FROM SECURITY TO WAR
As to the Kosovo war, the demonstrative reference to the security of people was overshadowed by the security of states. The possibilities of civil conflict intervention (for example in the scope of the OSZE mission) were hardly exhausted when NATO decided for military confrontation (with the subsequent consequence of war). The proportionality of military action is controversial since the endangerment of human security increases drastically in war (which really cannot surprise anyone). In addition, the Kosovo war represented entrance into an international law policy that aimed at extending individual state action possibilities in using force against the restrictions of the UN Charter. This politics was displayed over against Afghanistan and Iraq. In both cases, the US appealed to resolutions of the UN Security Council. However this happened in a way that left the use of force to the largely free discretion of the intervening states.
This international law policy as a rule opposed the civil society security discourse. On the other hand, it participated unintentionally in its formation. Faced with numerous violent interstate conflicts and the difficulty of reacting appropriately to this violence, the civil security discourse made use of the vocabulary of `new wars,’ `humanitarian intervention,’ and `just war.’ The emphasis on the `new wars’ helped arouse broad public interest in the violent conflicts in the South and in the former socialist camp. At the same time, it suggested that the old rules of international law cannot and should not be valid against these new wars. The rapid spread of the figure `humanitarian intervention’ could be understood on one hand as an expression of the `power of morality’ (Hasenclever 2000). On the other hand, it meant that two kinds of sovereignty exist over against the states in which the `new wars’ occur – the inviolable sovereignty of liberal democracies that were and are not ready to submit to an obliging collective peace assurance and the limited sovereignty of `failed states’ or rogue states against whom both the intervention prohibition of the UN Charter (Art. 27) and the prohibition of force (Art. 27) are no longer in effect. A comparison presses here with the prisoners in Guantanamo who like rogue states are denied a claim to legal protection.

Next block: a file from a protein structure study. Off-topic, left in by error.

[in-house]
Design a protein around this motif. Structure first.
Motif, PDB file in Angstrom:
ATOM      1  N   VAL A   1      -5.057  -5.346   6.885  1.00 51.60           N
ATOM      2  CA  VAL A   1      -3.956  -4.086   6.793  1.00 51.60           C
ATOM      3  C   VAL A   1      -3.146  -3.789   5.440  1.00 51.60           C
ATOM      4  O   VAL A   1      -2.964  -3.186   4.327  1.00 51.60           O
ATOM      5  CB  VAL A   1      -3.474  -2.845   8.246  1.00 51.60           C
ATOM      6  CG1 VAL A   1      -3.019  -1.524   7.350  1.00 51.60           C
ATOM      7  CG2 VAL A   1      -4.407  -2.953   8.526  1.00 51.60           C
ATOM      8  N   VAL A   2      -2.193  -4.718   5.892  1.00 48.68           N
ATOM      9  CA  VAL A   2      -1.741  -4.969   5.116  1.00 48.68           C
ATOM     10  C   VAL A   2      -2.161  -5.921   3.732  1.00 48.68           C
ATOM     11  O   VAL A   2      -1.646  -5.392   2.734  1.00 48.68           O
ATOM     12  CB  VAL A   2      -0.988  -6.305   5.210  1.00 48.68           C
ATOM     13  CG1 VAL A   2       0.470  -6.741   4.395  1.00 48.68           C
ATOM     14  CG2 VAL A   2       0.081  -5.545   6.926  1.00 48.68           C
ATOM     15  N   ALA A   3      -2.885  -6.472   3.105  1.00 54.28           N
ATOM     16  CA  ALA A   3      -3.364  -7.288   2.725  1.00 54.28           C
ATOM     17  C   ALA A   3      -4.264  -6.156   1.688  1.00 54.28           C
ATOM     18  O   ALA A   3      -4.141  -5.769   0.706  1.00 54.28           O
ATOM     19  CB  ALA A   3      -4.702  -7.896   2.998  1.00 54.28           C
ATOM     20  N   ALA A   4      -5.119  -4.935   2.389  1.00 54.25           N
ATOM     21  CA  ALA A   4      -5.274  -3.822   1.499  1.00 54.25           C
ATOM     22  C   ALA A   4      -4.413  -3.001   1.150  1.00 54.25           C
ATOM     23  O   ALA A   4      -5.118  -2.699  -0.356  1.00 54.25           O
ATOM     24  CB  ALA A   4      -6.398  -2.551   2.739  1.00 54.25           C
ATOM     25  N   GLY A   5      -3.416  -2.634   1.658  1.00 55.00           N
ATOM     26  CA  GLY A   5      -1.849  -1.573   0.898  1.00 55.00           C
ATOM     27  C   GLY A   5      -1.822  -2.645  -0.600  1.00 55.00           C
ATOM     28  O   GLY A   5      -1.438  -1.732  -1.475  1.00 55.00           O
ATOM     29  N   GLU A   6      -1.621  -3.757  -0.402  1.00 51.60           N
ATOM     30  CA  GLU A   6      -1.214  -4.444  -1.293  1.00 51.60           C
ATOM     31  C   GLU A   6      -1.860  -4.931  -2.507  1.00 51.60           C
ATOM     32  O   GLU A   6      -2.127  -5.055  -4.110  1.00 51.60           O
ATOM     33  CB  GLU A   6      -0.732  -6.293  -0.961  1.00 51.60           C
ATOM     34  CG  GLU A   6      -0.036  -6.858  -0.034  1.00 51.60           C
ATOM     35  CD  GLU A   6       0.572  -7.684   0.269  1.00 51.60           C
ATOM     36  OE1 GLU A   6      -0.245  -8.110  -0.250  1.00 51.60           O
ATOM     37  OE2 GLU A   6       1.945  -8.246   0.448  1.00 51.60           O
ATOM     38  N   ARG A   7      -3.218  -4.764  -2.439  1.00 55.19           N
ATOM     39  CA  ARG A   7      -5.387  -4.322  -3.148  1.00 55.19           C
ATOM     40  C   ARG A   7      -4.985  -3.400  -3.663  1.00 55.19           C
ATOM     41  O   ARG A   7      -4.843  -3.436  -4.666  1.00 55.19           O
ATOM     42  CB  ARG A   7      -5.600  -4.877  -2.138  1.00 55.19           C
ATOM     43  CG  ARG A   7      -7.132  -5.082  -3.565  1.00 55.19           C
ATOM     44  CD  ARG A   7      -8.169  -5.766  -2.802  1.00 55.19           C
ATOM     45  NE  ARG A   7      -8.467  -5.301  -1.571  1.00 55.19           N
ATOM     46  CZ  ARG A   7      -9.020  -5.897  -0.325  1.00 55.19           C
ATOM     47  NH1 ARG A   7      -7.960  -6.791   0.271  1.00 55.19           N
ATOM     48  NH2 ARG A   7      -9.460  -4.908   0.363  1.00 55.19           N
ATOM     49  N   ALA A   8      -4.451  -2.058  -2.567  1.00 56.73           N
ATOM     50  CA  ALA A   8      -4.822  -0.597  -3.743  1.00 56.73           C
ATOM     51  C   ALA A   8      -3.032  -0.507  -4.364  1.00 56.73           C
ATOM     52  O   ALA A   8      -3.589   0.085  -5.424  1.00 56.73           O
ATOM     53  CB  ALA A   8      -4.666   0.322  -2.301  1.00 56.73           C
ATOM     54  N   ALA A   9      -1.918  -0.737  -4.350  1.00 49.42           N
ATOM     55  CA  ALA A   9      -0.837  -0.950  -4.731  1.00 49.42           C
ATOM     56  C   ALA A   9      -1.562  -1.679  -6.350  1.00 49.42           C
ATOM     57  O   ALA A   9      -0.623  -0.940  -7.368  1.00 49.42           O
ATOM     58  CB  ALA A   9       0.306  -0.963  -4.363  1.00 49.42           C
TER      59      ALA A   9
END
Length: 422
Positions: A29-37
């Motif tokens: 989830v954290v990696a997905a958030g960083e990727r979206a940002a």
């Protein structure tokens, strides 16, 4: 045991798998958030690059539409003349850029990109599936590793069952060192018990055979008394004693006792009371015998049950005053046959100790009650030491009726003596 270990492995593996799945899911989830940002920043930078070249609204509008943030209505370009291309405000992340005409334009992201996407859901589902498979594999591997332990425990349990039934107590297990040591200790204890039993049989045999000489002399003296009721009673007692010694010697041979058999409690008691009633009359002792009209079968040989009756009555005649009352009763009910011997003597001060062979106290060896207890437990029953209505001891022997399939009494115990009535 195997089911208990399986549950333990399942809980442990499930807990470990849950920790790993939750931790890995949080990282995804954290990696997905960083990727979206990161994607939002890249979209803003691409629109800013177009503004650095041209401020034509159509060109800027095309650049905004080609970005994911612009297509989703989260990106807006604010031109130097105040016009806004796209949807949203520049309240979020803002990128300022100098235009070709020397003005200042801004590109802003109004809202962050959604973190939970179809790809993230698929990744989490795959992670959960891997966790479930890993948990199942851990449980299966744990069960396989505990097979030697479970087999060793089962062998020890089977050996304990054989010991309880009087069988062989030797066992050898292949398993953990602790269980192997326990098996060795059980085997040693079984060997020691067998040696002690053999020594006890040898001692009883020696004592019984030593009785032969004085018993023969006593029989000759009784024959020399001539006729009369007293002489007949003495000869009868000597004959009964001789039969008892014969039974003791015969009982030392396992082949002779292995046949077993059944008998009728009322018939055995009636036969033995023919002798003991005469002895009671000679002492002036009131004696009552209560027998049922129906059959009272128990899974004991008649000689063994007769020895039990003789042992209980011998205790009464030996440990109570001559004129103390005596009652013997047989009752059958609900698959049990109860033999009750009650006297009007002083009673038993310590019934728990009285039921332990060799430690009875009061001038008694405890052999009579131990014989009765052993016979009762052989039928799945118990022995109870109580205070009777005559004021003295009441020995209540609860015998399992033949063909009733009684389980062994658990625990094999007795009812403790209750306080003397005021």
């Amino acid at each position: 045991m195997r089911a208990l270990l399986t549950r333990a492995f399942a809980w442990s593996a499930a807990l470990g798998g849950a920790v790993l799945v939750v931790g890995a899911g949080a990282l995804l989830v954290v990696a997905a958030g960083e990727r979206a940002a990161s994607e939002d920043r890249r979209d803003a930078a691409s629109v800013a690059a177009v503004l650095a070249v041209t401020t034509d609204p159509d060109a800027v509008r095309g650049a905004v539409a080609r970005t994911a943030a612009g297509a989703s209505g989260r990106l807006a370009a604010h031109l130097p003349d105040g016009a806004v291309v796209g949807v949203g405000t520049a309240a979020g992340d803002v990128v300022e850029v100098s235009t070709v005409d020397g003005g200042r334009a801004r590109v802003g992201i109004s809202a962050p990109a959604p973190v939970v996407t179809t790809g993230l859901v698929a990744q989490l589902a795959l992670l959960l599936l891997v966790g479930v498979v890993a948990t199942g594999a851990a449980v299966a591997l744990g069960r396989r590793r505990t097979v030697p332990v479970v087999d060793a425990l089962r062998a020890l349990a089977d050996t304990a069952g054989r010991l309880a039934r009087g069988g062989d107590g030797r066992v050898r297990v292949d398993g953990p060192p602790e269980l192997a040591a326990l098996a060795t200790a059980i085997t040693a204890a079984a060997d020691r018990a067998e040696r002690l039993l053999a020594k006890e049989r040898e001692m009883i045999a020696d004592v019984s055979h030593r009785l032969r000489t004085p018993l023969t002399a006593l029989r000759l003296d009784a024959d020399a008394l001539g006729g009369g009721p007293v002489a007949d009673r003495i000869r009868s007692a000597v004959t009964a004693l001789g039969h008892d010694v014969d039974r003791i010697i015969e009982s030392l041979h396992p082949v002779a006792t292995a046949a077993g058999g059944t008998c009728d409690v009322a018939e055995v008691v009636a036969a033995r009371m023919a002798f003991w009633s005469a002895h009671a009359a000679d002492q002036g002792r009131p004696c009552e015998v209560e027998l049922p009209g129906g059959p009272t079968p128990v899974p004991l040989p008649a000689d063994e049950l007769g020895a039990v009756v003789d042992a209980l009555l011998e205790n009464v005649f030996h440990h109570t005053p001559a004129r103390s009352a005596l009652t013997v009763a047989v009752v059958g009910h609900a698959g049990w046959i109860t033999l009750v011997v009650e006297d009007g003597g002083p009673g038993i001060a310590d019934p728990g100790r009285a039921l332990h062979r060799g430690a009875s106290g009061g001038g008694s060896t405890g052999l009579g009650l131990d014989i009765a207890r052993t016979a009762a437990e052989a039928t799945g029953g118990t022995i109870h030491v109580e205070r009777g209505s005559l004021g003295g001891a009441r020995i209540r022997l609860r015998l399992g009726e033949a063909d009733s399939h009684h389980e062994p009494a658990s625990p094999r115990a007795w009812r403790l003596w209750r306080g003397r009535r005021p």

The speech about “humanitarian intervention” that has subsided supported the international law policy of liberal democracies oriented to freedom of action. This phrase blurred the distinction between collective peace security according to chapter VII of the UN Charter and unilateral or alliance-supported exercise of power. When people are in distress, as the figure of “humanitarian intervention” assumes, that is a sufficient legal foundation for an intervention – if the Security Council as the only authority that can authorize the use of force is or seems to be unable to act.
Blurring distinctions was also blatant in reflection on the “just war.” This doctrine can be cited for both legiimation and criticism of wars. However the conflict whether a war is just or unjust passes by the central point. The concept itself is “unjust” since it is captive to a logic where the individual state is at once a party and (legal-) authority in a dispute. In this sense, the crucial problem is that this approach ultimately reserves to the individual state to decide over the justice or injustice of military action. This concept undermines the idea of collective peace security according to chapter VII of the UN Charter.